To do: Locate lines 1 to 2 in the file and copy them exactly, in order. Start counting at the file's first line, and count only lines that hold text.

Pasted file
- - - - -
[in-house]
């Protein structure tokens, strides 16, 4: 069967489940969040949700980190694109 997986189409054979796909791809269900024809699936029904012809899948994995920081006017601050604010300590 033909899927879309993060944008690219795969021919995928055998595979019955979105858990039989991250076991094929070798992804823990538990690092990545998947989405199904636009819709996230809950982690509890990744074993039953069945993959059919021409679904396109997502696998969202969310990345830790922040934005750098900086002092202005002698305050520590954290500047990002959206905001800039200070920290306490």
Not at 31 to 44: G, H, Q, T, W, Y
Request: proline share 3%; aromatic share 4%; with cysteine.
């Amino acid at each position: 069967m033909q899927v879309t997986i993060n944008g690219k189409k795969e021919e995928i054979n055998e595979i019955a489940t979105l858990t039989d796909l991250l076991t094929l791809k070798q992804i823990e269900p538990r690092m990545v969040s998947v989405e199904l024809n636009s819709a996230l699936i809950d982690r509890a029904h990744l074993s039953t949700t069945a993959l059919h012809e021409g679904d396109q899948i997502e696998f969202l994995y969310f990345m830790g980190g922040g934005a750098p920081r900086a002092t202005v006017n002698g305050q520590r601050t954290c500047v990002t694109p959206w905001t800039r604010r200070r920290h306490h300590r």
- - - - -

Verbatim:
[in-house]
């Protein structure tokens, strides 16, 4: 069967489940969040949700980190694109 997986189409054979796909791809269900024809699936029904012809899948994995920081006017601050604010300590 033909899927879309993060944008690219795969021919995928055998595979019955979105858990039989991250076991094929070798992804823990538990690092990545998947989405199904636009819709996230809950982690509890990744074993039953069945993959059919021409679904396109997502696998969202969310990345830790922040934005750098900086002092202005002698305050520590954290500047990002959206905001800039200070920290306490």